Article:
Video: Lawyers discuss gray areas of Colorado’s public records law and open meetings law

By Jeffrey A. Roberts
CFOIC Executive Director

What do you get when you ask three lawyers to discuss the ambiguous aspects of the Colorado Open Records Act and the state’s Sunshine (open meetings) Law?

The answer is not four opinions.

What you get is solid, clarifying agreement on how to respond to certain questions and respectful disagreement on how to answer others. That’s what those attending the Colorado Press Association’s annual convention Saturday took away from an informative panel presented by the Colorado Freedom of Information Coalition.

It was so informative, we think it’s worth watching on video both for newsrooms and governments around the state. Engaged members of the public – anyone who requests public records or follows his or her city council, county commission or school board – also will find it worthwhile.

We titled the panel “Black/White & Gray: Exploring the Ambiguities in Colorado’s Open Records Act and Open Meetings Law.”

Our experts: CFOIC President Steve Zansberg, a media-law attorney who represents the press association, Colorado Broadcasters Association and several media organizations; Geoff Wilson, general counsel for the Colorado Municipal League; and Kendra Carberry, a municipal-law attorney who represents several local governments in Colorado.

Some highlights from a wide-ranging discussion on topics ranging from the cost of records to email “meetings” involving members of a public body:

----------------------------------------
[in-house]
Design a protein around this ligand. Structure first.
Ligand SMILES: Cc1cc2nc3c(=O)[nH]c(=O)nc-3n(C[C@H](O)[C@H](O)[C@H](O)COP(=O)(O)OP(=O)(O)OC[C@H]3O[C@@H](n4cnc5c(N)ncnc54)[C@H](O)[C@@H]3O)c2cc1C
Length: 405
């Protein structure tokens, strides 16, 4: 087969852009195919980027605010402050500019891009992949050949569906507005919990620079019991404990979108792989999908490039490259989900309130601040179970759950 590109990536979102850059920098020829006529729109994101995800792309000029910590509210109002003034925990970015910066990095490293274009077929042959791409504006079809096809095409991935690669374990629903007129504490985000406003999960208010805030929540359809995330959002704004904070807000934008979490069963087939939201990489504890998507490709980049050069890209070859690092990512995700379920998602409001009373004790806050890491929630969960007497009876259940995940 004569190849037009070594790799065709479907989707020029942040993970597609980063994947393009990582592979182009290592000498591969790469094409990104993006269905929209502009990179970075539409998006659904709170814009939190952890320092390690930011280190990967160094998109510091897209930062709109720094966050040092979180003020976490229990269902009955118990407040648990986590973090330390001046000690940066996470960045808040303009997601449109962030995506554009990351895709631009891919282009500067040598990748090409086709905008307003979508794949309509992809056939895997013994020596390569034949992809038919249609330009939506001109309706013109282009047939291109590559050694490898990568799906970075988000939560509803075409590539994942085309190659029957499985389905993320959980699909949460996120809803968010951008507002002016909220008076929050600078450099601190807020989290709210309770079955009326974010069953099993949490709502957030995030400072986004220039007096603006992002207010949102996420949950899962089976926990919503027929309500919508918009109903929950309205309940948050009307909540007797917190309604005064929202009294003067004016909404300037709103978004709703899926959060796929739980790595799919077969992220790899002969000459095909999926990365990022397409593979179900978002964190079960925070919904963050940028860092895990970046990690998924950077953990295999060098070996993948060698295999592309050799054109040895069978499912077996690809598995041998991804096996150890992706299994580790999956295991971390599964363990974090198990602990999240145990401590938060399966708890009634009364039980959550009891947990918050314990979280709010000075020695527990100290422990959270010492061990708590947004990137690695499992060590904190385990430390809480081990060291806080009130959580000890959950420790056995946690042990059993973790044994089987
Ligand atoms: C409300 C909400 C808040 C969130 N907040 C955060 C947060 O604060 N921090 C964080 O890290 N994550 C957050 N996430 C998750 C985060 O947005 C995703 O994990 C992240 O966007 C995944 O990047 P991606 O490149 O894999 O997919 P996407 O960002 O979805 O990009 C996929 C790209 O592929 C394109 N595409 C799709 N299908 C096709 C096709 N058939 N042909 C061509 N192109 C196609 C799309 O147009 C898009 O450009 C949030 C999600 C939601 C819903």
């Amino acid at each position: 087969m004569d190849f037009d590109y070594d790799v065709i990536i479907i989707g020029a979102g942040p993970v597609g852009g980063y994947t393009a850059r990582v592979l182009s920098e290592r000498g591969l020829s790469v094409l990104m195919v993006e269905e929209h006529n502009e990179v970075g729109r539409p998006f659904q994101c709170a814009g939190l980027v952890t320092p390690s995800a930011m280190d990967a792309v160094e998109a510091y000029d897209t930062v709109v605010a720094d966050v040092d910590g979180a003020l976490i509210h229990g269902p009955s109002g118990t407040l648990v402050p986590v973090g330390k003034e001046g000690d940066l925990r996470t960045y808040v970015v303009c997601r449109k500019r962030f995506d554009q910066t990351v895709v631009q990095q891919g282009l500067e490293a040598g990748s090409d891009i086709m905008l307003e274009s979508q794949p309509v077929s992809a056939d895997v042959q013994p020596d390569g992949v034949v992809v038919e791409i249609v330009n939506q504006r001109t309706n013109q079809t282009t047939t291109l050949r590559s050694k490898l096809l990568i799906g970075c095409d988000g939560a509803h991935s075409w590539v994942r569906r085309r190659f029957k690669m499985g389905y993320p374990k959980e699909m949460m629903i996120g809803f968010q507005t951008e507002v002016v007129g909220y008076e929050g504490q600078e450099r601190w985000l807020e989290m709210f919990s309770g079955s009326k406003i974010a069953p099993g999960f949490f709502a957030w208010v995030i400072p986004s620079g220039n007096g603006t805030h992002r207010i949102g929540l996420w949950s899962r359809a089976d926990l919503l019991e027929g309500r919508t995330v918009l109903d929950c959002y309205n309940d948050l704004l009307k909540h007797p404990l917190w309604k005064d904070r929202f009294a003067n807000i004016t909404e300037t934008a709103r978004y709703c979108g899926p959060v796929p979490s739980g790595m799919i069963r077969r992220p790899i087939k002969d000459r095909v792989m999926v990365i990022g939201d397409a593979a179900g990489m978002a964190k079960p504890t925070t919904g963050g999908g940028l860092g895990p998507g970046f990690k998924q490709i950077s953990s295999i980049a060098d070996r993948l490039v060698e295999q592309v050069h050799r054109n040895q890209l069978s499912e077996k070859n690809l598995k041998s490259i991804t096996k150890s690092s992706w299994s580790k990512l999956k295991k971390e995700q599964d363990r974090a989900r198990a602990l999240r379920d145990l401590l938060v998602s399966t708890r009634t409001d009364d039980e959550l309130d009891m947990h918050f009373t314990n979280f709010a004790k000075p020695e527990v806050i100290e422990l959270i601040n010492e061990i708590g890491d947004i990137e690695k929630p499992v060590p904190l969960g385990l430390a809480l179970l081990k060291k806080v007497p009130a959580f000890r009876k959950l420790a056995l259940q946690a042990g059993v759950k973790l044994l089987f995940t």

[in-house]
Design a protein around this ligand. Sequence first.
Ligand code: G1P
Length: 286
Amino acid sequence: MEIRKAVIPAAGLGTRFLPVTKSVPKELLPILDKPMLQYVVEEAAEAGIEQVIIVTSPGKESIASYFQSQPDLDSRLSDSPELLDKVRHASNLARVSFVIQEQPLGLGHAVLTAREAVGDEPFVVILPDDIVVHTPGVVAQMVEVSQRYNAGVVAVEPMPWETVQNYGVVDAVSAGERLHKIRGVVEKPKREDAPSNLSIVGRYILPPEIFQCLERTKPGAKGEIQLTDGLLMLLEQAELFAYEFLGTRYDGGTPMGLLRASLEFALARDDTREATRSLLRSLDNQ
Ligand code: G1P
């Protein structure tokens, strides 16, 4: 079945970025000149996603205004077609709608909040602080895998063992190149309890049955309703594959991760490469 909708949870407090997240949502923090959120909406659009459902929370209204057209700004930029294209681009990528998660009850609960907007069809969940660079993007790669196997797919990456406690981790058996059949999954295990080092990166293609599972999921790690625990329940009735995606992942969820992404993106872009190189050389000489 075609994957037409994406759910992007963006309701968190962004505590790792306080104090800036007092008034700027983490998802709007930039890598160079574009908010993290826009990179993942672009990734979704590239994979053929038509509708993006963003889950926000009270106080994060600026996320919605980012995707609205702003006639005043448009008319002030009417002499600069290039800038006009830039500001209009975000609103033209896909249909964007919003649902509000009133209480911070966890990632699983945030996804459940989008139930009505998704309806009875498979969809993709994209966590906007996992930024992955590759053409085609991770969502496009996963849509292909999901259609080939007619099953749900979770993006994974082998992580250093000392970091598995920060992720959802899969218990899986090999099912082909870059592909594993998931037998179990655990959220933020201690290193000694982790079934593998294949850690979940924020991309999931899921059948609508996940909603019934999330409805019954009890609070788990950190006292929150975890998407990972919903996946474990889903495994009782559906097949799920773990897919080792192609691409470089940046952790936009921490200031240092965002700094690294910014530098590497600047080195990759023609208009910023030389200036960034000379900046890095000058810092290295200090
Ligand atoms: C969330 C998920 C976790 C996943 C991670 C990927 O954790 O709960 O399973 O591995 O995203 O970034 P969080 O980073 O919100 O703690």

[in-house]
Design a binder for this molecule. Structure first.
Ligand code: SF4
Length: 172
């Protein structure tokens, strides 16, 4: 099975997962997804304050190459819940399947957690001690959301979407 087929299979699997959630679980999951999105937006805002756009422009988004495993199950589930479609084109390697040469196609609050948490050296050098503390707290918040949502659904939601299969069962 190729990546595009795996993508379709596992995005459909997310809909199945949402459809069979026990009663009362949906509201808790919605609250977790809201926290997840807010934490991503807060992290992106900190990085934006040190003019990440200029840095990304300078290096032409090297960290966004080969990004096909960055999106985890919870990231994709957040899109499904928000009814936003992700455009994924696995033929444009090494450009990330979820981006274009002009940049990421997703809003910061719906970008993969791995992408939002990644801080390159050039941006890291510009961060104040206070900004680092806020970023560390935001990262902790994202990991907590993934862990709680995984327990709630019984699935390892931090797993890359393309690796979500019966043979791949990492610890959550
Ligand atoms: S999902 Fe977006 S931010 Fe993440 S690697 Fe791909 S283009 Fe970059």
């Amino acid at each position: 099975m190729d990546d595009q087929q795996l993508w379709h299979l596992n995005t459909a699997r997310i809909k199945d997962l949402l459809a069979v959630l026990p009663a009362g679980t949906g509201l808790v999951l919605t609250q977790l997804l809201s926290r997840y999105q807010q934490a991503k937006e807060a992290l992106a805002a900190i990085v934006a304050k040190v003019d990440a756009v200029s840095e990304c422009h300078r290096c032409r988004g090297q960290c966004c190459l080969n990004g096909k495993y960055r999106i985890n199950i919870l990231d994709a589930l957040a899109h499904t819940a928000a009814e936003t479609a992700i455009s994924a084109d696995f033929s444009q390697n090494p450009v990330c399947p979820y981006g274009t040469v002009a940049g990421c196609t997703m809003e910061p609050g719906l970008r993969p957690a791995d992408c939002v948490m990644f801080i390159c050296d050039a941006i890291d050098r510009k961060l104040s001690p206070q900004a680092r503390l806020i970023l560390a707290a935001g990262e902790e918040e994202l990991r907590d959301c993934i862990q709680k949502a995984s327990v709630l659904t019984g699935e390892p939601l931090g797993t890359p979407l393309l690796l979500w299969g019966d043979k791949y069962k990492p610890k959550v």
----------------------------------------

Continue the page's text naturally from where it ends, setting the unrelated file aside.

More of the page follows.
All three panelists agreed that governments in Colorado have a “duty to redact” confidential information from documents and should release those portions that contain public information. As a Conifer resident found out in 2013, governments sometimes withhold an entire document if it contains, say, a Social Security number.

“There’s a (Colorado) Court of Appeals decision that basically says we have a duty to redact,” Wilson confirmed.

There was disagreement, however, on whether governments in Colorado must release electronic data in its “native” format – as a database table, for instance, rather than a pdf. Carberry said the law doesn’t require it.

“The only reason for turning over a database in native form would be, obviously, to make it easier for someone else to manipulate it. But I don’t think that’s our job under the open records act,” she said. “…The database is like a file cabinet. You all have a right to see the files in the file cabinet but not the file cabinet. We don’t just drop off the file cabinet at your office to make it easier for you to pull out the files.”

Zansberg responded: “I believe the public is entitled to see the records the government maintains including the filing cabinet system in which they are maintained. Not merely the files within the cabinet. How are things categorized within the filing cabinet? Are they defined as personnel files? Are they defined as something else?

“The public is entitled to know how the government maintains its data and the General Assembly has made it clear that includes the electronic versions of that data.”

Thank you to CFOIC Vice President John Fosholt for recording the presentation so that we can make it available here.

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